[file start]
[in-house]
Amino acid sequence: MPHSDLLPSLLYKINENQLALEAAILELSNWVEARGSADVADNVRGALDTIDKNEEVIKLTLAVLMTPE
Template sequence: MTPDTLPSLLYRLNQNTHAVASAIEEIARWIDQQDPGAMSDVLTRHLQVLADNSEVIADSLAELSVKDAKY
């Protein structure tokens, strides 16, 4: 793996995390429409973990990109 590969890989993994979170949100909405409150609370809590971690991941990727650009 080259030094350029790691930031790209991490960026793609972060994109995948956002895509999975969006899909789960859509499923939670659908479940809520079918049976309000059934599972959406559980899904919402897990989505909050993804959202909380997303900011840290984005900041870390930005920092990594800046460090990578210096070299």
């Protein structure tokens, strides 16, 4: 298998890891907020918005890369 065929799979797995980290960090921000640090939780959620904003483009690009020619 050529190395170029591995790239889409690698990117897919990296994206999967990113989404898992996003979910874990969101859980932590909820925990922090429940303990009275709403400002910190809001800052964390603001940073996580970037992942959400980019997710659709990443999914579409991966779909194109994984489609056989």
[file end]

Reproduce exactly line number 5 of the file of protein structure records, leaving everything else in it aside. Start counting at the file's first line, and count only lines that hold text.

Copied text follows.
């Protein structure tokens, strides 16, 4: 298998890891907020918005890369 065929799979797995980290960090921000640090939780959620904003483009690009020619 050529190395170029591995790239889409690698990117897919990296994206999967990113989404898992996003979910874990969101859980932590909820925990922090429940303990009275709403400002910190809001800052964390603001940073996580970037992942959400980019997710659709990443999914579409991966779909194109994984489609056989």